(a)Maybe things have changed over the past couple of years but so far as I know transparency isn't bakeable yet so the screen area will need special handling.
(b)At the back of the model, the part with the material named "Frame(Backside).001" and the part with material "Back Cover.001" are nearly overlapping.
That overlap is bad for any type of rendering because the floating point precision limit makes it difficult for the renderer to know exactly where both parts are in relation to one another because both parts are essentially in exactly the same place once numerical imprecision is considered.
You can get away way with using close flat polys for a camera render if the model and camera are close to the grid center and to each other but still; super close, parts flat parts should be avoided.
This type of error is called z-fighting.
And I believe it's why the those parts are coming out black when baked. They overlap and so both are being baked as if they are each inside the model and hidden from the light. The baker can't tell which one is outside and which one is inside where it's dark.
I think the overlapping geometry also causes BVH(bounding volume hierarchy) build issues since Blender froze on me when I tried to bake the model. BVH is a spatial partitioning optimization technique.
I forced Blender to shutdown and then my OS crashed. Bluescreen of death. The freezing of Blender took place right at the beginning which is when the BVH build takes place.
Anyways, once I separated all the parts and moved them to their own layers and baked them one at a time to look for issues, the BVH freezing no longer happened and everything baked with lighting applied properly. There were no black parts showing up in the bake. There were some errors on one of the pieces but that looked like a UV-mapping error and I didn't try to track it down. That's a separate topic and this is all long enough already.
(i)You can either baked all the parts to their own textures as in Diffuse_0.png, Diffuse_1.png, Diffuse_2.png, etc, and then combine them all in a 2D photo editor like Krita, GIMP, or PS. using part masks or...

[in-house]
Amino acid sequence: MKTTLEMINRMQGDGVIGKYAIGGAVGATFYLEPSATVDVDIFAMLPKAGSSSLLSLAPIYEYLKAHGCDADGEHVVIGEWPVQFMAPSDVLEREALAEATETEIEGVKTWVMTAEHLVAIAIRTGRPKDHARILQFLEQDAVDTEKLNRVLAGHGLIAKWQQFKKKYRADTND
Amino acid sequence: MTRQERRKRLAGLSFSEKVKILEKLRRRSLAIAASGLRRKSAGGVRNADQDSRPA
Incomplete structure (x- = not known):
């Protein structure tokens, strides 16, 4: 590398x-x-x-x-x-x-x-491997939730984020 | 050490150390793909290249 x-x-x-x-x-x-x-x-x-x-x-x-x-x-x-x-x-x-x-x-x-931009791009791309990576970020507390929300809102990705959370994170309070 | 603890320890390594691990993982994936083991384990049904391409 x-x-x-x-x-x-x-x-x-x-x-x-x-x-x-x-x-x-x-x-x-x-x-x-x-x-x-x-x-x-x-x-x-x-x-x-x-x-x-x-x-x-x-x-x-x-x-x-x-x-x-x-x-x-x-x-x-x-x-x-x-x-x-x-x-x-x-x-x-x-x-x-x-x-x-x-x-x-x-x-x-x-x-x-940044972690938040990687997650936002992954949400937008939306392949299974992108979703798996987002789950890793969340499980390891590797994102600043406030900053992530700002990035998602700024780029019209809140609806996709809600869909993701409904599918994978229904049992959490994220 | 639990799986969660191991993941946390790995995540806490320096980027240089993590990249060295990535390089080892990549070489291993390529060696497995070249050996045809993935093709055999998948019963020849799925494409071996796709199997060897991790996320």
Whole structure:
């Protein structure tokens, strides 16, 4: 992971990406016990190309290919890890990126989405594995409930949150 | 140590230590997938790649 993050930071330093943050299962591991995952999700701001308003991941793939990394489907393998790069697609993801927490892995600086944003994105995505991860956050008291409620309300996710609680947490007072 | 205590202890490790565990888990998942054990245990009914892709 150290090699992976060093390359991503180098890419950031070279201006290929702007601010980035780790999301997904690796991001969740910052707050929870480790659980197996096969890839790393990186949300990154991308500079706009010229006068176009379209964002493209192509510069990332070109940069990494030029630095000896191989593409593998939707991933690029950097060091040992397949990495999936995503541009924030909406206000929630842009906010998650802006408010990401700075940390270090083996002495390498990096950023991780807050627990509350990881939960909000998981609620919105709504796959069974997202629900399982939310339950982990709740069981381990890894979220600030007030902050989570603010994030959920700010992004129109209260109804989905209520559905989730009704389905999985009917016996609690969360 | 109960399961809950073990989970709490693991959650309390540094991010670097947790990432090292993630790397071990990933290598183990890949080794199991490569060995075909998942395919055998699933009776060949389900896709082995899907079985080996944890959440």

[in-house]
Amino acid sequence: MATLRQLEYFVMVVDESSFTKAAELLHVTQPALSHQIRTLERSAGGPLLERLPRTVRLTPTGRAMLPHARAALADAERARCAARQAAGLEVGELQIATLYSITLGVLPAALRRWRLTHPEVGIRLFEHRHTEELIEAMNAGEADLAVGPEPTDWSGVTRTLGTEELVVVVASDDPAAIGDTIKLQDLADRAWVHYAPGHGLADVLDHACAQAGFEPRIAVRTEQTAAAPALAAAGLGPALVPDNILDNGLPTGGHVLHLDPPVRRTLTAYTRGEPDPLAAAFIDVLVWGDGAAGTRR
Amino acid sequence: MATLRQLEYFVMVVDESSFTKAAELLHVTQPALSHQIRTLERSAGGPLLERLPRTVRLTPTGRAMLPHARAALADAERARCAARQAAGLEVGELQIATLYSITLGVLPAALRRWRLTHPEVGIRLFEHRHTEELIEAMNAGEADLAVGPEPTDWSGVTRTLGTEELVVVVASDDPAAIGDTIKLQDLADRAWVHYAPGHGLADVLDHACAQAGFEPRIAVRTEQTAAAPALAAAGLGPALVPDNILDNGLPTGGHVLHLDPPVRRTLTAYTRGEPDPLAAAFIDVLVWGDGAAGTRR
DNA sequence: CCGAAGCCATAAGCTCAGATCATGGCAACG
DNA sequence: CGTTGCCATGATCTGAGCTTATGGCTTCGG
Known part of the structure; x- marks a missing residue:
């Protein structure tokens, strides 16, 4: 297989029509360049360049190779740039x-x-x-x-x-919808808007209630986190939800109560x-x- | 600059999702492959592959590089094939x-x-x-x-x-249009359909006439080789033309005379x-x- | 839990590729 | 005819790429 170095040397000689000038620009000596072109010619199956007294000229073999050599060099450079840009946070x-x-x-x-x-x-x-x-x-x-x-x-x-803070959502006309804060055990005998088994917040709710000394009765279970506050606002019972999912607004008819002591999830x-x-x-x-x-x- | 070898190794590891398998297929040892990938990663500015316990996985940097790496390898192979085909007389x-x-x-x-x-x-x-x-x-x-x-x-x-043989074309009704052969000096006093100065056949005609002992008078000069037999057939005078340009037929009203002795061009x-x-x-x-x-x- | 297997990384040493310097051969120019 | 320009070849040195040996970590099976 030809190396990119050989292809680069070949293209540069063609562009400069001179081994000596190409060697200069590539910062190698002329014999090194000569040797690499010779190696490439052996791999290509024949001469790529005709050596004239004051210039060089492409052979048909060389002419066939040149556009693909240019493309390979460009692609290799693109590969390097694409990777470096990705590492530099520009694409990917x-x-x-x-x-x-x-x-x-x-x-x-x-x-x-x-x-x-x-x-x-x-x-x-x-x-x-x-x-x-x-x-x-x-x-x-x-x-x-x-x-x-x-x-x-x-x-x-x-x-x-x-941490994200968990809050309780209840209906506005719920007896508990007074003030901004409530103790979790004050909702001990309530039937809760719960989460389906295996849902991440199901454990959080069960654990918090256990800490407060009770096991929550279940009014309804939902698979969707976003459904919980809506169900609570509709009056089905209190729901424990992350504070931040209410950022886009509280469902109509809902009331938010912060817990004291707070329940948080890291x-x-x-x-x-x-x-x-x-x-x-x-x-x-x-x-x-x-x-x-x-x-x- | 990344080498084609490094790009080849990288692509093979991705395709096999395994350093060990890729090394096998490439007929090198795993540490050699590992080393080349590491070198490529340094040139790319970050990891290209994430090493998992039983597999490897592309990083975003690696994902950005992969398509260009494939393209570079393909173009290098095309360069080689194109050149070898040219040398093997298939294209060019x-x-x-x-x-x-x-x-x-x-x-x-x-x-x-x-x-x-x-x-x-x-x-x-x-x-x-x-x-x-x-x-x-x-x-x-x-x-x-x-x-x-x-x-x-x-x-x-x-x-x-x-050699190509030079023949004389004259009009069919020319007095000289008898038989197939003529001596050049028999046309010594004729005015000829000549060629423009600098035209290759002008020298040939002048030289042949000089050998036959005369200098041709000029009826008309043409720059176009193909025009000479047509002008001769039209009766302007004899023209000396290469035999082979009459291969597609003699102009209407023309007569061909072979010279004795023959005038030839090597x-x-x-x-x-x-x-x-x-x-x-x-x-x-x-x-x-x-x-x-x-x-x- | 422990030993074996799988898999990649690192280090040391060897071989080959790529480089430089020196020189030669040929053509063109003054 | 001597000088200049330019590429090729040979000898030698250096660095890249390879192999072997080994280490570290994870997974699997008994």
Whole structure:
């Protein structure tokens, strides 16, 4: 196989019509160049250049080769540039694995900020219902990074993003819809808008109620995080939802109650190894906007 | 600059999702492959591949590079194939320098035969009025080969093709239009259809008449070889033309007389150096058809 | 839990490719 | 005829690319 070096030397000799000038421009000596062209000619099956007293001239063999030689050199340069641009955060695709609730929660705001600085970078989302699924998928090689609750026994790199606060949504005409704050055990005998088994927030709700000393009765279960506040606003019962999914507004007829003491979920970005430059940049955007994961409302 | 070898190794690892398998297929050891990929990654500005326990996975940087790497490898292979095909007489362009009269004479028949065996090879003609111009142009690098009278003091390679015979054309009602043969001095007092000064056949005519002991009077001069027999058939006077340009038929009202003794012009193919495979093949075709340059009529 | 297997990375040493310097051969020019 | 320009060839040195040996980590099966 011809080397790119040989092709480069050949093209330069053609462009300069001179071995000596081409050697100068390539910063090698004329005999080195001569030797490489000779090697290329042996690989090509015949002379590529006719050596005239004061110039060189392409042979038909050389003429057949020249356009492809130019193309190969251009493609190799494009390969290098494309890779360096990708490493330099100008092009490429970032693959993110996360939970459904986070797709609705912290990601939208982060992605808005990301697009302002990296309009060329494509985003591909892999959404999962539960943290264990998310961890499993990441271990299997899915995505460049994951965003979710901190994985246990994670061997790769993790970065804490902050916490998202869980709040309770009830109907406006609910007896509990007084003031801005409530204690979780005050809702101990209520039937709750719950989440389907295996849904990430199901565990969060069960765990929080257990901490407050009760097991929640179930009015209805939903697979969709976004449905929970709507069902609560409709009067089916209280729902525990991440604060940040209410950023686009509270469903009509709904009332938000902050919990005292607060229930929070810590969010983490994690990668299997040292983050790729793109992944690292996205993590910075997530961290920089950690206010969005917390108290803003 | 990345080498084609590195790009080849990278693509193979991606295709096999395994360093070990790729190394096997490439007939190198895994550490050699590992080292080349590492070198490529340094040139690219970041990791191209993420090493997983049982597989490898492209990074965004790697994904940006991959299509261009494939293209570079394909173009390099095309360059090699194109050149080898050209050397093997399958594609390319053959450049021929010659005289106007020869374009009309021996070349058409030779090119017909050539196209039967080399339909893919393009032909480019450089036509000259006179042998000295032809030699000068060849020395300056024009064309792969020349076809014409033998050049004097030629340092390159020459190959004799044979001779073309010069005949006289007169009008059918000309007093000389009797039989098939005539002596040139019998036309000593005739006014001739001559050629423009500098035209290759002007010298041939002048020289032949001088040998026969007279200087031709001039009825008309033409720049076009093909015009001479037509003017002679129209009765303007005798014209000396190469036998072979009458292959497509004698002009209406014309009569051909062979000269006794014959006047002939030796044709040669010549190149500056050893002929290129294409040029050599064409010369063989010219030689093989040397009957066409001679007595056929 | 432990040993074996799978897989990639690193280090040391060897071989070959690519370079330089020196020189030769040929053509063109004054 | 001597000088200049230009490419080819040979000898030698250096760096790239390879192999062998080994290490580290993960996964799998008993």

(ii)You can also UV-Unwrap models with complex pieces as separate parts right from the beginning of the process so they can easily isolated and baked. Once all the pieces are baked, you can then join them and and create a second UVMap. Now set all the materials to be Emission shaders which acts as a simple image color passthrough and then bake the pieces all to one final UVMap set like what you have in your model now.
You made things too complicated by trying to bake nine materials, a model with hidden parts, multiple types of shaders(Diffuse, Glossy, Emission, Transparency) all at the same time.
And since you can't bake transparency(so far as I know) you have to handle the screen manually after everything is baked.
(a)You can either bake an alpha mask(transparency mask) or use the rectangle tool in a 2D editor to select the screen portion of the image and make that area transparent.
(b)To bake an alpha mask, use a temporary Emission shader that can mix between black and white and apply that material to the entire model. Set anything opaque to be white and the screen to be black.
Now in a 2D editor, this baked transparency mask can be pasted into the alpha channel.
On a side note, that large back piece that is hidden inside is just a waste of uv-map space, it should be deleted.